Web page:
The video documentary project and the article (included below) launched officially on March 2, 2018, and it’s hard to believe that it has been just over 1 year since the project went public. It is now, and will always be, one of the projects that I am so proud of myself for taking part in and representing my truth. I feel so grateful, honored and privileged that I was given an opportunity and a platform to share my story along with the 6 other amazing women who took part.
“I had a boyfriend in high school and into my first year of college. It was an abusive relationship in a lot of ways, but I didn’t see that then. He didn’t stay at my place very often, but we lived in the same apartment complex behind campus. One night, a friend of his was in from out of town and was staying at his place, so my boyfriend stayed with me. I remember exactly what I was wearing when I got into bed, and I had a barrier of body pillows between us. I was a virgin and not interested in changing that status, and he knew this. I always took a glass of water to bed with me, and this night was no different. I went to the bathroom, and when I came back, I remember thinking it tasted weird, but I didn’t think much of it at the time.
I fell asleep fully clothed and alone on my side of the bed, but I woke up without any clothes on, except my socks. I was so cold, but I remember feeling my socks. I passed out again, and I woke up the next time to feel him raping me, but I couldn’t move. My arms and legs felt like they ere so heavy, and I passed out once more. When I woke up again, I was able to pull away, flip around and cover up. He tried to tell me I was having a bad dream, but I knew that wasn’t true. Then he told me I was no longer a virgin, and that we had sex for the first time. I was confused because I didn’t remember it, except a few flashes as I was waking up. We had a surprise party to go to for my mom’s birthday, and he left my apartment to go get ready. I took the longest shower I can ever remember taking, and I tried to convince myself it was OK.
I stopped sleeping. I would be so uncomfortable in my apartment bedroom that I started staying in the small living room. I fell into a depression that I didn’t understand. It wasn’t until later that I sought therapy to make sense of what happened to me. Once I was able to understand the reality of what I went through, I wanted to help others heal, too. That’s how I came to be a therapist.”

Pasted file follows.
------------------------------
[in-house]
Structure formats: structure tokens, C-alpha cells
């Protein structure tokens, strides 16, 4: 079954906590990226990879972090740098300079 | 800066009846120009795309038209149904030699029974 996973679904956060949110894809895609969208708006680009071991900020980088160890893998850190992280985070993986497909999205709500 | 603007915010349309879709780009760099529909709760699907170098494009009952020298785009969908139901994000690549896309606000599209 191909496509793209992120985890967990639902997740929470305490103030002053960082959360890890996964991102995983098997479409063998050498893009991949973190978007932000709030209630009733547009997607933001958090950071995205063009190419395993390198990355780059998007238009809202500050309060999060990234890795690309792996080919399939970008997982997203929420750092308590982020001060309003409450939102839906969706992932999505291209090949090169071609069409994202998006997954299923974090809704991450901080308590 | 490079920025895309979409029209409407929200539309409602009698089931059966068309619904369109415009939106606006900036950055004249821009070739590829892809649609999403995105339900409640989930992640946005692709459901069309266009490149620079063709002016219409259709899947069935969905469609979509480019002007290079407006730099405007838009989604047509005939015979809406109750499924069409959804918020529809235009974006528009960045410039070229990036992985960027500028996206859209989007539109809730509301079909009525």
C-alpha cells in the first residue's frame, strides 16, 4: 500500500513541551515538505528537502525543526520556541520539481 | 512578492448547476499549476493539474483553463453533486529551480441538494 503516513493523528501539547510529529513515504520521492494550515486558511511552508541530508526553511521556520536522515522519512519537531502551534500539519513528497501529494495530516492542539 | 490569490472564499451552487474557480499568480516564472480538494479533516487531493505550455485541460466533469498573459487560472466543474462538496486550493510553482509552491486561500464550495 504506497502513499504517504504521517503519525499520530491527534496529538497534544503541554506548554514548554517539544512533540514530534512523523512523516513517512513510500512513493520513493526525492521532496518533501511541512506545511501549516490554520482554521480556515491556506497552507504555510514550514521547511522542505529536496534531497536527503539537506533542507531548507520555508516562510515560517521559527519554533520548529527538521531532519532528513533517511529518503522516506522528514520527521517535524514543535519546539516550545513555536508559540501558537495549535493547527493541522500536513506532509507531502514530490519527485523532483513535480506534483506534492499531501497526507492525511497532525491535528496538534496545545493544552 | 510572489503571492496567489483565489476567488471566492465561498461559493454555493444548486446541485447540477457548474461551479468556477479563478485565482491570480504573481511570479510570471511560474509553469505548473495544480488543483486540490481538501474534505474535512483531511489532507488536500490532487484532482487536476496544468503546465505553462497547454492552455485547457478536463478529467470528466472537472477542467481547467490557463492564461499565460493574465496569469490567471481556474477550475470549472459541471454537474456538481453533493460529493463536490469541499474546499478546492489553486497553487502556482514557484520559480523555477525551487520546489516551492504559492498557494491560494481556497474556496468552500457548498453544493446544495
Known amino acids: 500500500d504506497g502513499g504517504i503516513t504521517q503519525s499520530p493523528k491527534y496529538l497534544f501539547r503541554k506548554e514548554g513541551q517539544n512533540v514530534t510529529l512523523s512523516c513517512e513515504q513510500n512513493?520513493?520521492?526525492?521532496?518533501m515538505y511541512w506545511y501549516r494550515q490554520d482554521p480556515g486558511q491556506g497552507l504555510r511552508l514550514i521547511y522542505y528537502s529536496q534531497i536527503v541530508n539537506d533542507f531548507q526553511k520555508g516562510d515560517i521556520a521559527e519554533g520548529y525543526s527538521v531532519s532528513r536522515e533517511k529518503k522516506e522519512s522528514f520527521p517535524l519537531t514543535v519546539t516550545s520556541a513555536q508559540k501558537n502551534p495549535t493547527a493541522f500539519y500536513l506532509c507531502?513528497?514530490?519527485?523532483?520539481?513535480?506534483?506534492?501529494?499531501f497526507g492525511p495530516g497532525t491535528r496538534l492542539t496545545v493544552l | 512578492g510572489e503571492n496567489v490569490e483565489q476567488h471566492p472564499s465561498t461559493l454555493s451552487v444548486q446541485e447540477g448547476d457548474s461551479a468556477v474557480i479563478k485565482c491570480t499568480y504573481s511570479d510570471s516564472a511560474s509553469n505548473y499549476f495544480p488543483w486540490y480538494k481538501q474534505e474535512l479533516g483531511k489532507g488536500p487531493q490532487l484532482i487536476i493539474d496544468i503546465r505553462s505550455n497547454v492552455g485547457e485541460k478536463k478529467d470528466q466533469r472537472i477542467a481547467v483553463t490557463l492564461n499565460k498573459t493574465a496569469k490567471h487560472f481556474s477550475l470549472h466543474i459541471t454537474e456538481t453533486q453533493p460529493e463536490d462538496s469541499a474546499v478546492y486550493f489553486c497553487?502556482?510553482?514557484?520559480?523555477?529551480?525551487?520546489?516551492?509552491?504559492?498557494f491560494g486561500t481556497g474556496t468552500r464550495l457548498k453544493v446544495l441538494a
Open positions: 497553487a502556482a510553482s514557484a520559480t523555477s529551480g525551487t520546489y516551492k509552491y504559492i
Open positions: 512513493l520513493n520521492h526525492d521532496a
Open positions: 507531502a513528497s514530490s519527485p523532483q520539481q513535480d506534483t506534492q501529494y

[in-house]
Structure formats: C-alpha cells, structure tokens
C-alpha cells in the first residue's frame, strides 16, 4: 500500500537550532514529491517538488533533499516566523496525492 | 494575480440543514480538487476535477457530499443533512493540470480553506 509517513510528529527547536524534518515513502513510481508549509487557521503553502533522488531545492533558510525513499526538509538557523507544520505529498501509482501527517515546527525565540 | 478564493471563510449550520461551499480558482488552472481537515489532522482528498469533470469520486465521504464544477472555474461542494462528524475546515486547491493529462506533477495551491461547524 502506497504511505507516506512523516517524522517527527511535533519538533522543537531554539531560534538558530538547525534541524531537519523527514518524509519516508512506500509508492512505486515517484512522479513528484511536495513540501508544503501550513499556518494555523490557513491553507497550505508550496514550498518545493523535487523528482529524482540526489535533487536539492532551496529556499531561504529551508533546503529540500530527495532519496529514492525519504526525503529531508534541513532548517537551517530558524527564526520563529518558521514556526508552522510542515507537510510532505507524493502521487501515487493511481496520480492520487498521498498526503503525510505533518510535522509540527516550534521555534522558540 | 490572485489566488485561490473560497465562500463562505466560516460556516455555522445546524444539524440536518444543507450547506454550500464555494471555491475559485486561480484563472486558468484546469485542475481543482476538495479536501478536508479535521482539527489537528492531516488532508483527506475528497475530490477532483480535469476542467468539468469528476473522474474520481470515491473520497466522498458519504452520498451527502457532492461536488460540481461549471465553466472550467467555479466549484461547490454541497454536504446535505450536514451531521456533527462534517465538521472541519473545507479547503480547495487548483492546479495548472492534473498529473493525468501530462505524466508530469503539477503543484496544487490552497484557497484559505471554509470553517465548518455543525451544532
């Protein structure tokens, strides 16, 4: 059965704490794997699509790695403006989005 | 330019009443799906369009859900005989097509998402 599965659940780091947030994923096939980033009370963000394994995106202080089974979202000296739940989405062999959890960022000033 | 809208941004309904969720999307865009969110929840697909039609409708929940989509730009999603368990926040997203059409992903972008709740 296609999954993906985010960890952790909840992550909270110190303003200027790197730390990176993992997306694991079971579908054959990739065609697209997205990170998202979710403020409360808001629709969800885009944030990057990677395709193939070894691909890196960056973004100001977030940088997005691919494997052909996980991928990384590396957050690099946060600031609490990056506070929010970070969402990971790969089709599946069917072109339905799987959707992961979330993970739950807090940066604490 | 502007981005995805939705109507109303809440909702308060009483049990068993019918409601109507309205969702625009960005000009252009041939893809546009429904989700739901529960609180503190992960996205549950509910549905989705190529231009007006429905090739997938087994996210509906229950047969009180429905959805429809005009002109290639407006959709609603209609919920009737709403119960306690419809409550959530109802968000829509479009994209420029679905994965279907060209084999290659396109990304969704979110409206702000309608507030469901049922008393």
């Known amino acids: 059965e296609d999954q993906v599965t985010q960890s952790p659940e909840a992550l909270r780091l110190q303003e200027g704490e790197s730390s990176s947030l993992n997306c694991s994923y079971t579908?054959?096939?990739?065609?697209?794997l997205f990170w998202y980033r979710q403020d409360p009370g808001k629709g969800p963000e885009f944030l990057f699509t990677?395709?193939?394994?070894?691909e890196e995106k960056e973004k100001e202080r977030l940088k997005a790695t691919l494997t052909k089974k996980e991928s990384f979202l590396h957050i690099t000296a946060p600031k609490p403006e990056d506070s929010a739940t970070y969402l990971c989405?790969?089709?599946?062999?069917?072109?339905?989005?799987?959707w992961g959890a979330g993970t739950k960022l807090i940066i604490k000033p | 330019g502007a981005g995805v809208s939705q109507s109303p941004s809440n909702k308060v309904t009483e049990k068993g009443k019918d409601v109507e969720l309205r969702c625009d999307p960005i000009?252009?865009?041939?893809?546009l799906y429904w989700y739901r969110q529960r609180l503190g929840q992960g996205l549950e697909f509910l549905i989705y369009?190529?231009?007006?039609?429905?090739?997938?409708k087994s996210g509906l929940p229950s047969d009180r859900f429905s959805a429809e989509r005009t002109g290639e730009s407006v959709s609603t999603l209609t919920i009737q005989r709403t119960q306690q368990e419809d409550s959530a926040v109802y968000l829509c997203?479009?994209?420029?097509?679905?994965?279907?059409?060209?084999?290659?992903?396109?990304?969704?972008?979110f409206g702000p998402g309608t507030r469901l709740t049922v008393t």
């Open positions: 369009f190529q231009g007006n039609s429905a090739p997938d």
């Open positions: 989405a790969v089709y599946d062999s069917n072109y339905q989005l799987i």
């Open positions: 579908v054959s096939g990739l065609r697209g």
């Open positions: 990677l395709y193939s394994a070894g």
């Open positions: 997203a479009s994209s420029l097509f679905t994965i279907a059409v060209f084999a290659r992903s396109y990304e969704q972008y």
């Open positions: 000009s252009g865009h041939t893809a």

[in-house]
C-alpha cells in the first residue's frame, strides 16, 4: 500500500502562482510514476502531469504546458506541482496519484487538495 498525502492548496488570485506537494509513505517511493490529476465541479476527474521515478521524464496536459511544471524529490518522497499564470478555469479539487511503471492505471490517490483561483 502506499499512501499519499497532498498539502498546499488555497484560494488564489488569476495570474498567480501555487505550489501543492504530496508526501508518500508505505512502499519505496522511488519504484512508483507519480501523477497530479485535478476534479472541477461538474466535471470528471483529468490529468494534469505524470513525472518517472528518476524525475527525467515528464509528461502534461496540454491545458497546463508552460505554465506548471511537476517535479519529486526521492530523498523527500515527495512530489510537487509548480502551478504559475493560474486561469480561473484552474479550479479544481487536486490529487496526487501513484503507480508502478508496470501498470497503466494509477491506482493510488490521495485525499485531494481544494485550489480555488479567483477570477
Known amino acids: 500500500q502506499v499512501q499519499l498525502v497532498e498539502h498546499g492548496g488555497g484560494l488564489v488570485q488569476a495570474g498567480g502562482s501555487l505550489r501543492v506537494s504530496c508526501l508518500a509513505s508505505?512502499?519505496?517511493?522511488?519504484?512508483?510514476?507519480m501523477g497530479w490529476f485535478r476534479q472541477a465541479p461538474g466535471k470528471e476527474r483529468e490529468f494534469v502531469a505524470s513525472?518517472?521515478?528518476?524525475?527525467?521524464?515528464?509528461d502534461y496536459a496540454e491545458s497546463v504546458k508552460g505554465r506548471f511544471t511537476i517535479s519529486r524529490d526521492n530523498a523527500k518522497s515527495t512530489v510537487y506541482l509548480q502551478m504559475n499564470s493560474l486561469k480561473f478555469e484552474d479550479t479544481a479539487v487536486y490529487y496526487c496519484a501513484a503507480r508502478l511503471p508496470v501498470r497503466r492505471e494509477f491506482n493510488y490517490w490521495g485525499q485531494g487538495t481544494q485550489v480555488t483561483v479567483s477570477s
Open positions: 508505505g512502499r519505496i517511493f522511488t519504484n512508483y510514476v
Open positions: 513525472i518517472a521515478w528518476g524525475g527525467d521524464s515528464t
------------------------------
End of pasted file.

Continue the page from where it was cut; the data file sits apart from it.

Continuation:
So, it’s been a year…what happens now?
What started as a movement on social media, has become regular part of our national conversation. It may have started with celebrities telling their stories, but it has turned into so much more. We know that 1 in 3 women and 1 in 4 men will experience abuse, rape, assault or sexual violence in their lifetimes. These numbers are staggering to imagine, and it doesn’t just happen to celebrities in Hollywood. It happens to real everyday people, and everyone deserves a chance to tell their story and to pursue their own healing.
This movement has taken the topics of abuse and assault and brought them into the light. No longer does suffering have to occur in isolation. The #MeToo movement has allowed these conversations to occur in a very public way, and topics that were previously under-recognized and often dismissed or minimized, are now being validated and heard and understood.
This movement has shown the true power in numbers. When we are willing to share our truths and stand up with others doing the same thing, it’s a powerful force to be reckoned with. We saw that when one person feels empowered to step out of the shadow of their struggle, others will benefit from hearing their story. Over the past year, I have been truly touched and sometimes blown away by the number of people who have simply thanked me for sharing because they now feel less alone. Feeling disconnected, lost or unable to connect to others are just a few of the struggles that stand in the way of healing from trauma, but now, thanks to the #MeToo movement, no one has to feel alone or like they have no one on their side. We are #StrongerTogether and I will continue to share my story as a way to empower others to know that suffering in silence is not necessary and healing is possible.
There is so much more to say, and this topic will continue evolving as our society continues to figure out to deal with the issues of rape, abuse, harassment and other sexual violence.